Wednesday, September 24, 2014

Chavela Vargas, b. April 17 1919, d. August 5 2012

I first read about Chavela Vargas in the wonderful zine series “The Life and Times of Butch Dykes", created by Eloisa Aquino of Montreal-based micropublisher, B&D Press. [1]

I was instantly attracted to this Costa-Rican born singer, who defied expected gender roles throughout her life, in her music, in her fashion and performance, and in her unapologetic love of other women.

While much has been written about these elements of her public persona, an excerpt from her obituary in the Telegraph documents it well:

Vargas’ career began in the late 1940s, when she performed highly-emotional “ranchera” [2] torch songs, accompanying herself on guitar, in small Acapulco bars of questionable repute … Chavela Vargas shocked Roman Catholic Mexico by appearing on stage dressed as a man, toting a gun or brandishing a bullwhip, and drawing on a fat cigar or swigging from a bottle of hooch.

At a time when homosexuality was taboo, Chavela Vargas refused to change the pronouns in love songs about women as decorum required, and long before it became permissible to express erotic love for one’s own sex, she embraced it in her songs. The libretto of Macorina, a song she recorded in 1956, includes the words: “Your breasts like pineapple flesh,/your mouth like a sweet blessing,/of ripe guanabana juice/just like your fine waist ...” Despite the disapproval of the more conservative elements of Mexican society (in the 1950s, when she performed on Mexican television, she was shown from the waist up so that her trousers could not be seen), Chavela Vargas became hugely popular in the Spanish-speaking world — “the Edith Piaf of Latin music”, as she was once described...

In the 1970s Chavela Vargas’s raunchier numbers were adopted as anthems by the fledgling Mexican lesbian and gay movement.

Watching her perform "Macorina", it's clear how this became one of her most famous songs in this regard: 

As Marvette Perez, curator of Latin-American Culture and Music for the Smithsonian Museum of American History noted,  
“I don’t think there could be a more queer song for a woman to sing. The song says, 'Ponme la mano aqui, Macorina.' Put your hand right here, Macorina. And whenever she sang the song, she put such sexuality, desire and kind of sensuality into it that you knew why she was singing, why she was singing and to who she was singing it. She was singing it to a woman."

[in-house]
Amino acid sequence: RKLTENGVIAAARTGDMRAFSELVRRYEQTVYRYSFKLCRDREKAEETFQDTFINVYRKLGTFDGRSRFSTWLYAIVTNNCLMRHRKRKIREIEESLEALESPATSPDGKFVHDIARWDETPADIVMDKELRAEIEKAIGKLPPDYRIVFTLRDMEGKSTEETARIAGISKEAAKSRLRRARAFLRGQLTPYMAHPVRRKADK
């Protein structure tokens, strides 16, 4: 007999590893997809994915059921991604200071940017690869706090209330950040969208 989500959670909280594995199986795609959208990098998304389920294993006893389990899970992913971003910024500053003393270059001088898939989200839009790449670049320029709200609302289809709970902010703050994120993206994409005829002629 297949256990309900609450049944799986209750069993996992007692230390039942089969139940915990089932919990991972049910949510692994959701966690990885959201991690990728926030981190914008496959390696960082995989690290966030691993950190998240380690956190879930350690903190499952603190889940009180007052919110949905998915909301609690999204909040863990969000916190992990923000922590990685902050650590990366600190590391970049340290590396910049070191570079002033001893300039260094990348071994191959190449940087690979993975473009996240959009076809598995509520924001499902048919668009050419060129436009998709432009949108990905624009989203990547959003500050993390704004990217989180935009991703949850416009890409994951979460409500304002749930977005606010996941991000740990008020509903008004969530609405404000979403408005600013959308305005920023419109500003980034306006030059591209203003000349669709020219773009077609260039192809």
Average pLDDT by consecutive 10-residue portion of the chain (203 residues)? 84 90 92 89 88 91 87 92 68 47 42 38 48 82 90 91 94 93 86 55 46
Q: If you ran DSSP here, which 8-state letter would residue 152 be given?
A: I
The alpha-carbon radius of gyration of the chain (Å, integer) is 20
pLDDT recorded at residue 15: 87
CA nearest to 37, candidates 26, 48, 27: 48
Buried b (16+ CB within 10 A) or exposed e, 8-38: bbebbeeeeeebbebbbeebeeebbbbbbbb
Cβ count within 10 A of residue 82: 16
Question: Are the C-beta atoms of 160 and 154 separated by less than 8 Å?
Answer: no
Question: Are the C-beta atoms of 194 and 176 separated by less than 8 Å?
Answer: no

Another fun fact—and a tribute to how magnificent femmes often run in tight circles and influence one another—Vargas was a great friend, inspiration and love of Frida Kahlo, whom she lived with in Mexico for a few years.  

Frida Kahlo and Chavela Vargas

Despite being known as a lover of women throughout her life, Vargas only took on the label of lesbian when she was 81 years old and published her autobiography Y Si Quieres Saber de Mi Pasado (If You Want to Know About My Past). To Vargas, it was a move of solidarity, given LGBT movements' struggles for recognition, yet as she recounted in an interview,

“I don’t have to hide or be ashamed of anything. I’ve never been in or out of the closet. I was simply where I had to be, in my place: on the street, in front of everyone, free and comfortable,” she said
Apart from being ahead of her time in expressing the fluidity of gender and sexual orientations, Vargas' musical career was prolific and masterful. She recorded her first album at age 42 in 1961, and went on to record more than 80 albums throughout her life. 

Vargas did take a long pause between the 1970s and 1990s to recover from an addiction to alcohol, but she returned to the world stage in top form. 

(The Life and Times of Butch Dykes: Chavela Vargas, B&D Press)

Vargas moved crowds with her music until age 92, when she released her final album and received standing ovations while performing on stage in a wheelchair. She passed away at age 93, on August 5, 2012.  

(Wall of Femmes: Chavela Vargas, color poster)

[1] The Chavela Vargas zine from B&D press can be read online here if you’re in Montreal, I highly recommend stopping by Gallerie Monastiraki (5478 Boulevard Saint-Laurent) or Librarie Drawn & Quarterly (211 Bernard O.) to pick up a copy, and browse the other titles in the series while you're at it! If you’re not in Montreal, you can buy any of the series titles online from B&D Press' Etsy site

[2] 'Ranchera' literally means 'music of the ranches', based on traditional Mexican folk music.